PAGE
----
Umeå University, Faculty of Science and Technology, Physics.
    Pettersson, Sune
    Umeå University, Faculty of Science and Technology, Physics.
    Aasa, Sverker
    Umeå University, Faculty of Social Sciences, Department of Education.
    Johansson, Ove
    Norman, Robert
    Gruppdiskussioner runt kontextrika problem i fysik – Hur ska problemen utformas?2005In: NorDiNa: Nordisk Didaktikk i Naturfag / Naturorienterende ämnen, no 2, p. 36-50Article in journal (Refereed)
  • 7.
    Högström, Per
    et al.
    Umeå University, Faculty of Science and Technology, Mathematics, Technology and Science Education.
    Ottander, Christina
    Umeå University, Faculty of Science and Technology, Mathematics, Technology and Science Education.
    Benckert, Sylvia
    Umeå University, Faculty of Science and Technology, Physics.
    Implementation of Objectives for Laboratory Work in Secondary School Science2008In: Annual conference of National Association of Research in Science Teaching (NARST): Impact of Science Education Research on Public Policy, 2008Conference paper (Refereed)
    Abstract [en]

    The purpose of this case study of three laboratory exercises in biology, chemistry and physics is to show how three Swedish secondary school science teachers’ objectives for labwork are carried out in practice. What objectives do the teachers

    put forward for specific laboratory exercises, what objectives appear in supporting laboratory manuals and how do objectives appear in teacher and student interactions during laboratory work? In three cases, pre-interviews with teachers

    about their objectives took place, laboratory manuals were collected, video recordings of the actual laboratory exercises were made and post-interviews with teachers about these video-recordings took place. Comparisons between objectives

    expressed by the teachers, identified in laboratory manuals and identified in teacher actions and teacher-student interactions were made to examine how objectives appeared during labwork. The results show that the introduction of the laboratory exercise and its laboratory manual is very important for the way

    labwork is performed. In order for teachers’ objectives to be implemented, results in this study put forward that a correlation between objectives, laboratory manual and actual labwork is favourable. Objectives need to be explicit to the teacher and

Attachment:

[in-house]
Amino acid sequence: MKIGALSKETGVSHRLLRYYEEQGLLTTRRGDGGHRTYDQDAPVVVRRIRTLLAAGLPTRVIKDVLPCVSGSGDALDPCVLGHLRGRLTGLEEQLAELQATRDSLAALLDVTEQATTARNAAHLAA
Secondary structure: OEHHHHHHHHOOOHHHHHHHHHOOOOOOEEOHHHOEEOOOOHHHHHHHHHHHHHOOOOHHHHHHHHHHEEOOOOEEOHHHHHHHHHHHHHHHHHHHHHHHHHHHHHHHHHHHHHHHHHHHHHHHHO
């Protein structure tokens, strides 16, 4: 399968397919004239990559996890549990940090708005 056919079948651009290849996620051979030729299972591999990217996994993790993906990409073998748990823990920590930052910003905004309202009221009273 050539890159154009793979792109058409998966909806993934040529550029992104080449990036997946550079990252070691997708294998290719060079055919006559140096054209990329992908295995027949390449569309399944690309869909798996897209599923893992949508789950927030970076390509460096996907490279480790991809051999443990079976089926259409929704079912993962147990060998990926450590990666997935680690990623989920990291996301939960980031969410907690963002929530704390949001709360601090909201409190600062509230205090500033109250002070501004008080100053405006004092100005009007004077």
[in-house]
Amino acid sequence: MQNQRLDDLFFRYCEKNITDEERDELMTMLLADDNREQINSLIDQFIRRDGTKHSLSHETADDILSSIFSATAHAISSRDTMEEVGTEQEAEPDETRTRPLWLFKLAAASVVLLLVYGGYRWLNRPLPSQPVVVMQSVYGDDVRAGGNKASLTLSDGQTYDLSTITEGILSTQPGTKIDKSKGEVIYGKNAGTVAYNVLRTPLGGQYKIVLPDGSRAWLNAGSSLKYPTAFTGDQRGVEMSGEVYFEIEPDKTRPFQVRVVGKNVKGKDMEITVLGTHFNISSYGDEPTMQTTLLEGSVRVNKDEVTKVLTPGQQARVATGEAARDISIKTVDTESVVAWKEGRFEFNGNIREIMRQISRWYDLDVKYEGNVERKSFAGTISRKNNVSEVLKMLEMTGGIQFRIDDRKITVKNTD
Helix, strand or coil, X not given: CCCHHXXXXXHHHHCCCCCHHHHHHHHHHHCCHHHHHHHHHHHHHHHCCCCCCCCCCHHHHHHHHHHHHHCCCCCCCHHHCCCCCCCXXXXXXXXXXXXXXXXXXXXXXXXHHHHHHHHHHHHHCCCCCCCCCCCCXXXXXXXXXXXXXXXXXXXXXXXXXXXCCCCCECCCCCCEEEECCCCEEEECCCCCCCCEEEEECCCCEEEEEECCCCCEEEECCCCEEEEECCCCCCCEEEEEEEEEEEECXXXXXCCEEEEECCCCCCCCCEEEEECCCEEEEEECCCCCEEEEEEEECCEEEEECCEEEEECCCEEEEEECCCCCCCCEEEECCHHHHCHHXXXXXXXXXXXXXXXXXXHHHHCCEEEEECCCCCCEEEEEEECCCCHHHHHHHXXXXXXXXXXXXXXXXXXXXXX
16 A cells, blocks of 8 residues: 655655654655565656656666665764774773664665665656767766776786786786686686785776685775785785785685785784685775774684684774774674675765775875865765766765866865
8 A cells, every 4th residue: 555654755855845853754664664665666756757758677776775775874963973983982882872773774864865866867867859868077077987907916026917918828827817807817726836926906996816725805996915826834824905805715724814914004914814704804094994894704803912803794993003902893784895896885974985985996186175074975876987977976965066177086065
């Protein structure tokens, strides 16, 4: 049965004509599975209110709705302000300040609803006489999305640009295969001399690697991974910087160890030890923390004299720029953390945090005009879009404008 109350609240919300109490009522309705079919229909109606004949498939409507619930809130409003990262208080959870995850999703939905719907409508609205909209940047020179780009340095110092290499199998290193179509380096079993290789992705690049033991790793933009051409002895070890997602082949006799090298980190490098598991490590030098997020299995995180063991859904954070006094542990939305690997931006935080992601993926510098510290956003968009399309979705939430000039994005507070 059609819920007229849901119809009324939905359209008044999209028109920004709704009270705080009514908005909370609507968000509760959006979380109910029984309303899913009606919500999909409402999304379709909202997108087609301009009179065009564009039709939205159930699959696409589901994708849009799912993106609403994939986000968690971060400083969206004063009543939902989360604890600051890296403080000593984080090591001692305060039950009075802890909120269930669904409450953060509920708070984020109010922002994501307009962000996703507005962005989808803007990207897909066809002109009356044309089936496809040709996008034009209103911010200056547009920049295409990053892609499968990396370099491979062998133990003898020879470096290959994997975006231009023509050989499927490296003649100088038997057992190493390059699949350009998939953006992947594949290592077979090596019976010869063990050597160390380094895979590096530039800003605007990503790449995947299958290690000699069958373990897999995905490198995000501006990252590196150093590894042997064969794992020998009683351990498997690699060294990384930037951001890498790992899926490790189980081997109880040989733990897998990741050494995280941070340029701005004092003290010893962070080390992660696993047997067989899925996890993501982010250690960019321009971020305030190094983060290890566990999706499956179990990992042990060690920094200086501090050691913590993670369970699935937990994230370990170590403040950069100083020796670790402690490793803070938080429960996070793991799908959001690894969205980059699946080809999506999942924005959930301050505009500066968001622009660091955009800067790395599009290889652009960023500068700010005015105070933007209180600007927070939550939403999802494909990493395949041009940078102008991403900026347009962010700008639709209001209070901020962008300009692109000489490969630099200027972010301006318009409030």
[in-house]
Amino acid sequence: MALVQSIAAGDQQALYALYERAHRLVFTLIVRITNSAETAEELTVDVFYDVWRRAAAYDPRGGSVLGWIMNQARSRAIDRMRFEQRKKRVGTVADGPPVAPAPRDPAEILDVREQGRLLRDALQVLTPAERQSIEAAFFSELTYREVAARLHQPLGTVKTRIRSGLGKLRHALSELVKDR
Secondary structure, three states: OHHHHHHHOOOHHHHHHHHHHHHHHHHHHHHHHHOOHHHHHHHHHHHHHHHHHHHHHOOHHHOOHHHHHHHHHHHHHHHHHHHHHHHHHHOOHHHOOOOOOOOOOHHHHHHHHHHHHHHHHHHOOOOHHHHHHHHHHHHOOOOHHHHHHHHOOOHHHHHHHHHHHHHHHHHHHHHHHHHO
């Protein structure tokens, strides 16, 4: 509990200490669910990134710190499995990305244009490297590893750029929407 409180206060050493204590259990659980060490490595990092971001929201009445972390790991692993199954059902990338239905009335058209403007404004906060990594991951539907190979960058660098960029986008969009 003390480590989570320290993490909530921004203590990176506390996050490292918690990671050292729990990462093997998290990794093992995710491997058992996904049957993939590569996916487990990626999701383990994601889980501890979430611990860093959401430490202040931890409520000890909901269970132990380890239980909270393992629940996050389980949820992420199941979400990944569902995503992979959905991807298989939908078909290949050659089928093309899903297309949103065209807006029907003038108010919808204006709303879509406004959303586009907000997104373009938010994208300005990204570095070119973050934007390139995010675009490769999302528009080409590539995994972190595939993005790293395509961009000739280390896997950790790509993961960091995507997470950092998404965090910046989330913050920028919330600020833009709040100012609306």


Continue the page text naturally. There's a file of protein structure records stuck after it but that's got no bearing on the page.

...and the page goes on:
that teachers’ awareness of the need to pursue objectives is crucial.

  • 8.
    Högström, Per
    et al.
    Umeå University, Faculty of Teacher Education, Mathematics, Technology and Science Education.
    Ottander, Christina
    Umeå University, Faculty of Teacher Education, Mathematics, Technology and Science Education.
    Benckert, Sylvia
    Umeå University, Faculty of Science and Technology, Department of Physics.
    Lab work and learning in secondary school chemistry: the importance of teacher and student interaction2010In: Research in science education, ISSN 0157-244X, E-ISSN 1573-1898, Vol. 40, no 4, p. 505-523Article in journal (Refereed)
    Abstract [en]

    Laboratory work is considered essential in promoting students' learning of science and of scientific inquiry. What the students perceive as important to learn from a regular laboratory exercise is probably affected by the teacher's objectives. We study to what extent one teacher's objectives are fulfilled during lab work, and how teacher-student and student-student interactions contribute to developing learning experiences from the laboratory exercise. Do students encounter opportunities to learn in agreement with the teacher's objectives? This explanatory single case study includes use of a palette of methods, such as pre- and post-interviews, observations and video documentation from anexperienced secondary school teacher and her 8th grade (aged 13-14) students' laboratory work. Our results point to the importance of teacher involvement to help students understand what to look for, how to do it and why. Especially teacher-student interactions during lab work seemed to influence what students perceived as important to learn. In the laboratory exercise in this case, the teacher helped the students to observe and to use their observations in their explanations. The lab work included learning experiences other than those addressed by the teacher, and the teacher's intentions were partially fulfilled. Not only what the teacher says, but also how the teacher acts is important to help students understand what to learn from a laboratory exercise.

  • 9.
    Högström, Per
    et al.
    Umeå University, Faculty of Teacher Education, Mathematics, Technology and Science Education.
    Ottander, Christina
    Umeå University, Faculty of Teacher Education, Mathematics, Technology and Science Education.
    Benckert, Sylvia
    Umeå University, Faculty of Science and Technology, Department of Physics.
    Laborativt arbete i grundskolans senare år: Lärares perspektiv2010In: NorDiNa: Nordic Studies in Science Education, ISSN 1504-4556, E-ISSN 1894-1257, Vol. 6, no 1, p. 80-91Article in journal (Refereed)
    Abstract [en]